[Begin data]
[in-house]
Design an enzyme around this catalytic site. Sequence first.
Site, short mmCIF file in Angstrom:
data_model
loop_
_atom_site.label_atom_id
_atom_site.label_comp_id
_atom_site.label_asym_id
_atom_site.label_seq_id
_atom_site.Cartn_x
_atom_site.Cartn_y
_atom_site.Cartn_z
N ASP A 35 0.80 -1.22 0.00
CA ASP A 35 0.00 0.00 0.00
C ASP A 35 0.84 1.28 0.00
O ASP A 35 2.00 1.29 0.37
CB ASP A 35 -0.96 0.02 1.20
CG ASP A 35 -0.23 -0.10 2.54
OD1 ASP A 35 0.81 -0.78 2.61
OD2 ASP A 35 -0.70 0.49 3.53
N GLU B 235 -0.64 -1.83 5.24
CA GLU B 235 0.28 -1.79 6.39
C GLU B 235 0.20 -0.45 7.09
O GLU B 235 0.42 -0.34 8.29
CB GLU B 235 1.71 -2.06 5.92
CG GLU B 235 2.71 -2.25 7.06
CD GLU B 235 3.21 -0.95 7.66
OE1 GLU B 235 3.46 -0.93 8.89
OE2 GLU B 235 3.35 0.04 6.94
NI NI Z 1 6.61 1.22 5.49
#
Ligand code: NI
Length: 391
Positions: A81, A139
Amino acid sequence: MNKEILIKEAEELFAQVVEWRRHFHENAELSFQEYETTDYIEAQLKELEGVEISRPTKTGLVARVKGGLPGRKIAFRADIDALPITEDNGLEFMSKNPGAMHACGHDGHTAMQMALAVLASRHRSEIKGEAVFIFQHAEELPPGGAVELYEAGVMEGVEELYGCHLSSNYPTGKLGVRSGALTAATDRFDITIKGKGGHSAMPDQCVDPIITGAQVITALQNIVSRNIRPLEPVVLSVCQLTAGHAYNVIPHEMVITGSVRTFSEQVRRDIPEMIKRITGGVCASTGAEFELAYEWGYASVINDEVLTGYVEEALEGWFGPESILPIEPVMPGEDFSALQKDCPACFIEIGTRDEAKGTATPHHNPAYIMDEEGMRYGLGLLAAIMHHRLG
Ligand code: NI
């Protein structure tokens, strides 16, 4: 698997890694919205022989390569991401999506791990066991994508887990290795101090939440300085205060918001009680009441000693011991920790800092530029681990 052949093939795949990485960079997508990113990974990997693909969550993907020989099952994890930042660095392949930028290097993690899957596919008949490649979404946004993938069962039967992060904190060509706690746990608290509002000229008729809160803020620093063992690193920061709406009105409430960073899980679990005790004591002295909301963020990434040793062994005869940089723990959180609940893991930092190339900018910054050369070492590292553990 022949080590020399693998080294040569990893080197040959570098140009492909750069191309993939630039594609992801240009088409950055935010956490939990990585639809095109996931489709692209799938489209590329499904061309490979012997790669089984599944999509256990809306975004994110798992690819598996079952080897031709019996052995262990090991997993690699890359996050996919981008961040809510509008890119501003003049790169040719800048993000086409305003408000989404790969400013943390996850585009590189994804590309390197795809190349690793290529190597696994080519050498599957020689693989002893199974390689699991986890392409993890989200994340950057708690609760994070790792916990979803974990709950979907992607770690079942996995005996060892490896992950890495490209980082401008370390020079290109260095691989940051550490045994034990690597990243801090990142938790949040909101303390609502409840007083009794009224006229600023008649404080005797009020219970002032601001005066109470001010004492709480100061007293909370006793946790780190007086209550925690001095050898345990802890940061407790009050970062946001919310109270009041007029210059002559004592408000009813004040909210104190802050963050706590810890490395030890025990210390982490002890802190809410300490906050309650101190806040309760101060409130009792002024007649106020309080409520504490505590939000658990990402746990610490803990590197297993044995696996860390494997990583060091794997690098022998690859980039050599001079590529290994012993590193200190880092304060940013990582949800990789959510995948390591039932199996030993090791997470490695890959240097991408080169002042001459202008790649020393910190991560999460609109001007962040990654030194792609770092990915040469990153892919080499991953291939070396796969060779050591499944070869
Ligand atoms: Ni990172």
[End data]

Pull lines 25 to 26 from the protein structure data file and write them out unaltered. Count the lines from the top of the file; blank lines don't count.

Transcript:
CB GLU B 235 1.71 -2.06 5.92
CG GLU B 235 2.71 -2.25 7.06